One tree becomes two...

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One tree becomes two...

Post  DreadyKGB on Sat Sep 24, 2011 4:54 pm

Hey All,
Here's a Ficus Microcarpa that I have had for around 18 months. Initially it was an ugly stick in a pot which I bought for cheap, now I think it has more potential.

6 months after purchase.


Lower half after cutting.


Upper half after cutting


Lower half today. I may graft a branch on the outer side of the lowest curve but I'm not sure yet.


Upper half today.


I will continue to let it grow until next season and then do a full wiring and see what comes of it. I'd appreciate any feedback.

Todd

P.S. This originally began in another post but I wanted to consolidate it.

DreadyKGB
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Re: One tree becomes two...

Post  Youngwirth09 on Sun Sep 25, 2011 12:33 pm

Todd,

I think they are both starting to look good. I like the low branch on the "top half" but I do think I would graft one on the "bottom half." I think it might take away from the character of the trunk.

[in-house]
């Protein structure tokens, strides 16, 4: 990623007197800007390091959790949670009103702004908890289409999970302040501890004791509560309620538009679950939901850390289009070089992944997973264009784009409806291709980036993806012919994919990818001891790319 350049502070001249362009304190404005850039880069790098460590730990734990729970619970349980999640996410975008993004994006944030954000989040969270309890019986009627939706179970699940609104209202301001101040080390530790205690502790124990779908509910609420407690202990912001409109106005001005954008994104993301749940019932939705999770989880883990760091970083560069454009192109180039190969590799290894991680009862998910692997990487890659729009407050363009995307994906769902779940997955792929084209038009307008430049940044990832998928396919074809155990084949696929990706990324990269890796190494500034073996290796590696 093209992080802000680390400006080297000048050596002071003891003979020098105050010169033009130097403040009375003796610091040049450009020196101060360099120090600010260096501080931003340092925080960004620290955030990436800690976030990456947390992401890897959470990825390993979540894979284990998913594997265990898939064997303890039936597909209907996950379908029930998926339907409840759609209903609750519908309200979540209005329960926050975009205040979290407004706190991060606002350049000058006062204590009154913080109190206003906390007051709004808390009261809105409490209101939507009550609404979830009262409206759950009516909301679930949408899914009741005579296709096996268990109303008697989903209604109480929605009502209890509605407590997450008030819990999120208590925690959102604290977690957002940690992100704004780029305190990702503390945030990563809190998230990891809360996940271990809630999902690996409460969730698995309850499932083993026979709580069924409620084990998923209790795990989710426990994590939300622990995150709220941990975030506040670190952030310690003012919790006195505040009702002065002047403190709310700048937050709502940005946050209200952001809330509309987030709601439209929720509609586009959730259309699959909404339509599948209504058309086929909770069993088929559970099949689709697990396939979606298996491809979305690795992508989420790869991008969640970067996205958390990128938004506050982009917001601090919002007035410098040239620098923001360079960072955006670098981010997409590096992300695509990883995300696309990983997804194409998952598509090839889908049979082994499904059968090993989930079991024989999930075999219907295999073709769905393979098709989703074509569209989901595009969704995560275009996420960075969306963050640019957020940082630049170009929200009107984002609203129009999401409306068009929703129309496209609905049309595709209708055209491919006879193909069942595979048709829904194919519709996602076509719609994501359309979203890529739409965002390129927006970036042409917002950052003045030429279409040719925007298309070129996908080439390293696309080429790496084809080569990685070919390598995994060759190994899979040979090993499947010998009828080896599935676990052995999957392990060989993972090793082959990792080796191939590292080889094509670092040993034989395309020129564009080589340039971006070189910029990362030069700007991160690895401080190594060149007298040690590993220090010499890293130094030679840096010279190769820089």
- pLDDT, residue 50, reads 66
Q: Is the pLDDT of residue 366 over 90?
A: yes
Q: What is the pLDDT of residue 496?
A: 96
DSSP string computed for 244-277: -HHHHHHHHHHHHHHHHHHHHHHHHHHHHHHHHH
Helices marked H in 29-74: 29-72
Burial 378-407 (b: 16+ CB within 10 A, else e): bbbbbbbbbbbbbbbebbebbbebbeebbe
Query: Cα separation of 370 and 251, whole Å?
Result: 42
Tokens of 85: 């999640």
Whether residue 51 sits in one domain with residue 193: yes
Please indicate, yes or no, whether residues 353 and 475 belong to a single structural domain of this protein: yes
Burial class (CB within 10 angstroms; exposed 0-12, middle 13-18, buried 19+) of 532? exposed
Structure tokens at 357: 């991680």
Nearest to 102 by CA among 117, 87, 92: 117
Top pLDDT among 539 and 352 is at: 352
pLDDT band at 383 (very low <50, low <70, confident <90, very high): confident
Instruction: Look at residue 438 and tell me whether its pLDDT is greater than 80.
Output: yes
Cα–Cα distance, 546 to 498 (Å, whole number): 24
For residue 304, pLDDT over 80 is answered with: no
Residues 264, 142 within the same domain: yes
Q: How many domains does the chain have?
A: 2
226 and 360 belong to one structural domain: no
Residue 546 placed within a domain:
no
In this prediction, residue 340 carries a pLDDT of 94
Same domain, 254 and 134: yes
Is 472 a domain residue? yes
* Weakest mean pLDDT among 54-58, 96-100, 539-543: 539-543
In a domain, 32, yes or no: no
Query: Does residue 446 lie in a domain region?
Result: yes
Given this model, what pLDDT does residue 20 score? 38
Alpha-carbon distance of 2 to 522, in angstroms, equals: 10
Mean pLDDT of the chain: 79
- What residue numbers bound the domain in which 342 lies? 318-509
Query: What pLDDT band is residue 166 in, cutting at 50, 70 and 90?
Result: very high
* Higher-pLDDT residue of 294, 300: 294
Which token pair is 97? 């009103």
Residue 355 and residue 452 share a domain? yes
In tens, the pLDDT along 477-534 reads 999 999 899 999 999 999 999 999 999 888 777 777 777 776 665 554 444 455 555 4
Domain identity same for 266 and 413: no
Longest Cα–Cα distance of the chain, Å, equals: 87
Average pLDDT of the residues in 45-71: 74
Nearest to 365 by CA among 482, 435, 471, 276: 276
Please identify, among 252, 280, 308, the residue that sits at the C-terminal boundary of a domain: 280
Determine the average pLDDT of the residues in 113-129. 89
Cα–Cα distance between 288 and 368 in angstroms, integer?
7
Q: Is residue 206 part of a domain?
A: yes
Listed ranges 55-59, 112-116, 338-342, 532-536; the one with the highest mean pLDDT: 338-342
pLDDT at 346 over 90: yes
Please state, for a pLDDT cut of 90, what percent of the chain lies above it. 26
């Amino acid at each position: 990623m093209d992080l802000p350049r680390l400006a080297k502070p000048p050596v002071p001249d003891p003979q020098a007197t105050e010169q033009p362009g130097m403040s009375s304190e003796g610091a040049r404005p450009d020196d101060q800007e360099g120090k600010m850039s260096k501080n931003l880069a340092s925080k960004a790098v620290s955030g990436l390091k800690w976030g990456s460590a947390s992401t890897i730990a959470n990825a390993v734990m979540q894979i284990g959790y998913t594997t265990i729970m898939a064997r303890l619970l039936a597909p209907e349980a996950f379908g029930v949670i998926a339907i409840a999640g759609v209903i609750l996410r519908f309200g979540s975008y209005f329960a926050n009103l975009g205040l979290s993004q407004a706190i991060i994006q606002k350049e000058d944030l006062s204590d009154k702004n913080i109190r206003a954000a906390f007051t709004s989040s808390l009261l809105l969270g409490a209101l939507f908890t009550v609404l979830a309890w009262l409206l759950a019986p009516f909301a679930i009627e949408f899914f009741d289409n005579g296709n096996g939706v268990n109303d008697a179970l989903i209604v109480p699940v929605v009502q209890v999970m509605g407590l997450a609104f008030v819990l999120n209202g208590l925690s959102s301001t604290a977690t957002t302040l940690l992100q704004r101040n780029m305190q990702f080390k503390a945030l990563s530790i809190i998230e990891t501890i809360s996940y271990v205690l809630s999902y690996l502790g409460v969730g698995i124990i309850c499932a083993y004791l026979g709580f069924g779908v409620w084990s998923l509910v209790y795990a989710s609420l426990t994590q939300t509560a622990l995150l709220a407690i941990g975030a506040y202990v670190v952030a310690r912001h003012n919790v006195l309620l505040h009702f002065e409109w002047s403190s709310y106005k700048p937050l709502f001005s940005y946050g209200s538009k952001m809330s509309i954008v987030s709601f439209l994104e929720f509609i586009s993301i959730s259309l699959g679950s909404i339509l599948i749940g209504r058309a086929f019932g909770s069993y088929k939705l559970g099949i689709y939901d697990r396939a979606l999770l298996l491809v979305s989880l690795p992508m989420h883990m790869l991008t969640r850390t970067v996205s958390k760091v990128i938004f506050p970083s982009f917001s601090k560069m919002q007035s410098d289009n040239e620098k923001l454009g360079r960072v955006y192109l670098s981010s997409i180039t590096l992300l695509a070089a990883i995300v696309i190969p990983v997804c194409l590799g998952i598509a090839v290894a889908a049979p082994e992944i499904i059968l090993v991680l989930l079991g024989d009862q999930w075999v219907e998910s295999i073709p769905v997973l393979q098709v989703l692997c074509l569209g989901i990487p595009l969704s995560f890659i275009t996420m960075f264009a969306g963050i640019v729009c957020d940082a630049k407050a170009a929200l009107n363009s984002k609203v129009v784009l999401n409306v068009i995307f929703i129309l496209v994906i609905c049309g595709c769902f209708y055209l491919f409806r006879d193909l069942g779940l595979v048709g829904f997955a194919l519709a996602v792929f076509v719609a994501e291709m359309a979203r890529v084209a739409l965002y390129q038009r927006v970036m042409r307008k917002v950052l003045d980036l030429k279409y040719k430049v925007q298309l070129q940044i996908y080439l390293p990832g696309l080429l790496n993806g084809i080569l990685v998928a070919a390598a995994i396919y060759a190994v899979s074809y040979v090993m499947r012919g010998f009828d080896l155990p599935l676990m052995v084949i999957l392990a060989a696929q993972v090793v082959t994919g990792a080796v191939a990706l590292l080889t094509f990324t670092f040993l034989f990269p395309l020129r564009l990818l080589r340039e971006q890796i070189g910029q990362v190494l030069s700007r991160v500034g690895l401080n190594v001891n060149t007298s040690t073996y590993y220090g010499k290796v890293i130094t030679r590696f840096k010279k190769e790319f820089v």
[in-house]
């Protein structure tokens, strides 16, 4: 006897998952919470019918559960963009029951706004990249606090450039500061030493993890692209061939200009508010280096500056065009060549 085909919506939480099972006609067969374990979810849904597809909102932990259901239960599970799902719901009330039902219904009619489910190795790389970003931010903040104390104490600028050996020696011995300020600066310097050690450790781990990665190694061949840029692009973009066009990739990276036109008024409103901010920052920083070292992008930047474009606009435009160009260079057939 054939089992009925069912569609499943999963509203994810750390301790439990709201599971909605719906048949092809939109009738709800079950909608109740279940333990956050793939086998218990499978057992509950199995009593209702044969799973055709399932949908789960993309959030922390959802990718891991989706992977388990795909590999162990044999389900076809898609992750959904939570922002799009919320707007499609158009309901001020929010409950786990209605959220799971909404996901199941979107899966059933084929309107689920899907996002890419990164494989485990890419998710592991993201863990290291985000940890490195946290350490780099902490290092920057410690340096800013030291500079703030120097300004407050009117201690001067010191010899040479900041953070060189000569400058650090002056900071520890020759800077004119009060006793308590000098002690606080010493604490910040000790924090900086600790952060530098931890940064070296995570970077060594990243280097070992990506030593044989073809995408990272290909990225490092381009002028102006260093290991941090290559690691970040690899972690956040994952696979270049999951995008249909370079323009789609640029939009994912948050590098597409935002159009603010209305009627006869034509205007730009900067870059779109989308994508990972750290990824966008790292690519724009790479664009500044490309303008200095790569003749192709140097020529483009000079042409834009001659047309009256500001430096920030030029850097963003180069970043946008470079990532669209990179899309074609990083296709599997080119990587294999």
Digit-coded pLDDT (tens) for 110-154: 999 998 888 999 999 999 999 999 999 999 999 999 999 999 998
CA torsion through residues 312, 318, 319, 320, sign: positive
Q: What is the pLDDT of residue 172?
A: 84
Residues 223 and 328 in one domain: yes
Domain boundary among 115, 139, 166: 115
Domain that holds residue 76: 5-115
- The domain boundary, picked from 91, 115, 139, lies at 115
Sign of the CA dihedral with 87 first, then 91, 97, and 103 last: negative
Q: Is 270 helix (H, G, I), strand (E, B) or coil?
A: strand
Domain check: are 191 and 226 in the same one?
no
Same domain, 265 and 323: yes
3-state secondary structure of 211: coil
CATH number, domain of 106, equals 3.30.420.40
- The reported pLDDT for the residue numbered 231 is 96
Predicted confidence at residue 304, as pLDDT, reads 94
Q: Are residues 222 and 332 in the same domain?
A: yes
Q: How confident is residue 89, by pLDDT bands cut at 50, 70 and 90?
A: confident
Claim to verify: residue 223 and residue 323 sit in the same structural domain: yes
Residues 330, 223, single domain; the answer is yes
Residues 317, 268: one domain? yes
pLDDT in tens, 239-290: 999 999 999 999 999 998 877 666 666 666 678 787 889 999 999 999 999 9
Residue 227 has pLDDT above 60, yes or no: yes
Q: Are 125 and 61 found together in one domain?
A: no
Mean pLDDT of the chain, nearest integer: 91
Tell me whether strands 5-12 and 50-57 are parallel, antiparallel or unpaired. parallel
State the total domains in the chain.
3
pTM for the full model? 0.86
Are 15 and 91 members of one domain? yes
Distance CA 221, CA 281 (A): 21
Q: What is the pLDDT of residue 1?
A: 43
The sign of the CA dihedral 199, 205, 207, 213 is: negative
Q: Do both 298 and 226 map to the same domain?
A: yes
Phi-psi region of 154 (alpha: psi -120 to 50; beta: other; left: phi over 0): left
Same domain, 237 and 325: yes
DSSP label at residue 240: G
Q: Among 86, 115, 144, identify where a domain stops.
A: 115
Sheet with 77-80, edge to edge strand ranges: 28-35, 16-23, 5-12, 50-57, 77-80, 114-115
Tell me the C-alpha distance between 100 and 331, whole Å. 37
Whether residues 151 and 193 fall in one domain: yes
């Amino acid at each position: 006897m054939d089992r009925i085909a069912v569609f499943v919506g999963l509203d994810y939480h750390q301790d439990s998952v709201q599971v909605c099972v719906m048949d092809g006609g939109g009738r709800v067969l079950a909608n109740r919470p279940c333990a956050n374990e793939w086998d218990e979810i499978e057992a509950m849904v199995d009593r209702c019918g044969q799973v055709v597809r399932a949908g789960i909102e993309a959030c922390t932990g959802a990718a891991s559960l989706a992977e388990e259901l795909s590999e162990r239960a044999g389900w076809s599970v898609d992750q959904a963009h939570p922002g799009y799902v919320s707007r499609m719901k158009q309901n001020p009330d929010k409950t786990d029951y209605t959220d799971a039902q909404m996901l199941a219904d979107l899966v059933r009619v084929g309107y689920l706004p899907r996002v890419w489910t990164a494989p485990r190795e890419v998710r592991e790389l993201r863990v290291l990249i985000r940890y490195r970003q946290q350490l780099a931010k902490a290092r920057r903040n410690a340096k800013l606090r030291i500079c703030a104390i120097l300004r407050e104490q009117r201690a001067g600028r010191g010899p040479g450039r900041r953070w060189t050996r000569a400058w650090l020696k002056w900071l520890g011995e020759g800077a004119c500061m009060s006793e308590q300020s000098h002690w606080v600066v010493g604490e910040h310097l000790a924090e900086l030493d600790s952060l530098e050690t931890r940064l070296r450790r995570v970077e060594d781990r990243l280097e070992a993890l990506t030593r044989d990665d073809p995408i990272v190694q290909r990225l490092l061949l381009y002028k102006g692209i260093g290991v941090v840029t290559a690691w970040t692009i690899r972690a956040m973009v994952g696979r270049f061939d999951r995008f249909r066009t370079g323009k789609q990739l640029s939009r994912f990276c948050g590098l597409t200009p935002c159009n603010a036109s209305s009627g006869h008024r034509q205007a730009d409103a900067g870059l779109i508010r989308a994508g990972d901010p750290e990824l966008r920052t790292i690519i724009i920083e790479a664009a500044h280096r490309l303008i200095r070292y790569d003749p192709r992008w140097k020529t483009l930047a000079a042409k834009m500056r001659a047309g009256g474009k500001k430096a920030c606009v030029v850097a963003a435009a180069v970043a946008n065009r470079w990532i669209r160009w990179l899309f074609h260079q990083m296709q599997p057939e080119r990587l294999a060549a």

Did you air layer the tree before separation, or just cut it? What time of year did you make the separation? Did you have to shorten the aerial root on the "top half" before or after the cut?

Jon

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Re: One tree becomes two...

Post  DreadyKGB on Sun Sep 25, 2011 1:50 pm

Jon,
I took the top as a larger cutting, although initially I had planned to airlayer it. Before I cut it of I cut the aerial root back and allowed it to reroot into sphagnum moss. I did all this in late winter around March. When I repotted I made sure to trim the air root back more than the rest of the roots so it doesn't become too strong.

The result is better than the original tree but neither is spectacular, it has been more of an experimental tree for me.

Todd

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Re: One tree becomes two...

Post  Youngwirth09 on Mon Sep 26, 2011 1:56 pm

Todd,

Thanks for your response.
I was unsure whether a large cutting would survive outside of the growing season until I saw your tree.

Do you use any supplemental lighting in winter?

Jon

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Re: One tree becomes two...

Post  Billy M. Rhodes on Mon Sep 26, 2011 4:28 pm

That large aerial root is going to cause reverse taper. The root begins to feed the trunk above that point and the trunk below slows or stops growing.

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Re: One tree becomes two...

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